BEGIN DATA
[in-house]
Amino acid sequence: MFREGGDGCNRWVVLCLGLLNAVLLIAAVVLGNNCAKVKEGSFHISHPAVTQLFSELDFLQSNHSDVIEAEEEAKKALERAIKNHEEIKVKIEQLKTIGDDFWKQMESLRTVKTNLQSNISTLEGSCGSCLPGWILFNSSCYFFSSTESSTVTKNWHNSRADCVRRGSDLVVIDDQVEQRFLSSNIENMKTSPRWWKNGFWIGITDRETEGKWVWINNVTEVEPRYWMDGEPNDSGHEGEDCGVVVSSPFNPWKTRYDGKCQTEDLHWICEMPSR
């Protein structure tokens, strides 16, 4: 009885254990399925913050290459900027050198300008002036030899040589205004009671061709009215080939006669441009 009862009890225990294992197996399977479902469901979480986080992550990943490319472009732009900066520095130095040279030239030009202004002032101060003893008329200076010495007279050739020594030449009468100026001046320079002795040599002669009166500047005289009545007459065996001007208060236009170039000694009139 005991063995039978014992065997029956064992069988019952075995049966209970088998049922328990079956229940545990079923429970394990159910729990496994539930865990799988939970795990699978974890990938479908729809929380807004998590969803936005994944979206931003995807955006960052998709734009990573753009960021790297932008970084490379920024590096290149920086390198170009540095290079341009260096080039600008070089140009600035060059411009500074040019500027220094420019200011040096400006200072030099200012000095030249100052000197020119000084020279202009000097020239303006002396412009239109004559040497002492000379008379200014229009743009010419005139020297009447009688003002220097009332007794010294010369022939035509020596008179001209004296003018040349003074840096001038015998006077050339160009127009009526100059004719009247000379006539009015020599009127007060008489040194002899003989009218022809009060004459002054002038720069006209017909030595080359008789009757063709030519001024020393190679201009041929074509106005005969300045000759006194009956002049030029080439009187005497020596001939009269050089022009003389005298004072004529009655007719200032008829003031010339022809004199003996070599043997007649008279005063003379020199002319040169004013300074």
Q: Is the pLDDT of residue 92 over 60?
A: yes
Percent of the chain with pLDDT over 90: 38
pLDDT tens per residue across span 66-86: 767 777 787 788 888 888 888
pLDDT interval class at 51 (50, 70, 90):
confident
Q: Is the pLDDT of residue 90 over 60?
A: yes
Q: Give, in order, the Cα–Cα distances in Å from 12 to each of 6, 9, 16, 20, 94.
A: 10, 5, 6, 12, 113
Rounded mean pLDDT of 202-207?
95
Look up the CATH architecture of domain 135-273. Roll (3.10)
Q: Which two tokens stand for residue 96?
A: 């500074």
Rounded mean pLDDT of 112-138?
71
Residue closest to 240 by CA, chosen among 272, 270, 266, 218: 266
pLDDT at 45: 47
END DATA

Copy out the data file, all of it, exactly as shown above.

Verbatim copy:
[in-house]
Amino acid sequence: MFREGGDGCNRWVVLCLGLLNAVLLIAAVVLGNNCAKVKEGSFHISHPAVTQLFSELDFLQSNHSDVIEAEEEAKKALERAIKNHEEIKVKIEQLKTIGDDFWKQMESLRTVKTNLQSNISTLEGSCGSCLPGWILFNSSCYFFSSTESSTVTKNWHNSRADCVRRGSDLVVIDDQVEQRFLSSNIENMKTSPRWWKNGFWIGITDRETEGKWVWINNVTEVEPRYWMDGEPNDSGHEGEDCGVVVSSPFNPWKTRYDGKCQTEDLHWICEMPSR
């Protein structure tokens, strides 16, 4: 009885254990399925913050290459900027050198300008002036030899040589205004009671061709009215080939006669441009 009862009890225990294992197996399977479902469901979480986080992550990943490319472009732009900066520095130095040279030239030009202004002032101060003893008329200076010495007279050739020594030449009468100026001046320079002795040599002669009166500047005289009545007459065996001007208060236009170039000694009139 005991063995039978014992065997029956064992069988019952075995049966209970088998049922328990079956229940545990079923429970394990159910729990496994539930865990799988939970795990699978974890990938479908729809929380807004998590969803936005994944979206931003995807955006960052998709734009990573753009960021790297932008970084490379920024590096290149920086390198170009540095290079341009260096080039600008070089140009600035060059411009500074040019500027220094420019200011040096400006200072030099200012000095030249100052000197020119000084020279202009000097020239303006002396412009239109004559040497002492000379008379200014229009743009010419005139020297009447009688003002220097009332007794010294010369022939035509020596008179001209004296003018040349003074840096001038015998006077050339160009127009009526100059004719009247000379006539009015020599009127007060008489040194002899003989009218022809009060004459002054002038720069006209017909030595080359008789009757063709030519001024020393190679201009041929074509106005005969300045000759006194009956002049030029080439009187005497020596001939009269050089022009003389005298004072004529009655007719200032008829003031010339022809004199003996070599043997007649008279005063003379020199002319040169004013300074």
Q: Is the pLDDT of residue 92 over 60?
A: yes
Percent of the chain with pLDDT over 90: 38
pLDDT tens per residue across span 66-86: 767 777 787 788 888 888 888
pLDDT interval class at 51 (50, 70, 90):
confident
Q: Is the pLDDT of residue 90 over 60?
A: yes
Q: Give, in order, the Cα–Cα distances in Å from 12 to each of 6, 9, 16, 20, 94.
A: 10, 5, 6, 12, 113
Rounded mean pLDDT of 202-207?
95
Look up the CATH architecture of domain 135-273. Roll (3.10)
Q: Which two tokens stand for residue 96?
A: 């500074």
Rounded mean pLDDT of 112-138?
71
Residue closest to 240 by CA, chosen among 272, 270, 266, 218: 266
pLDDT at 45: 47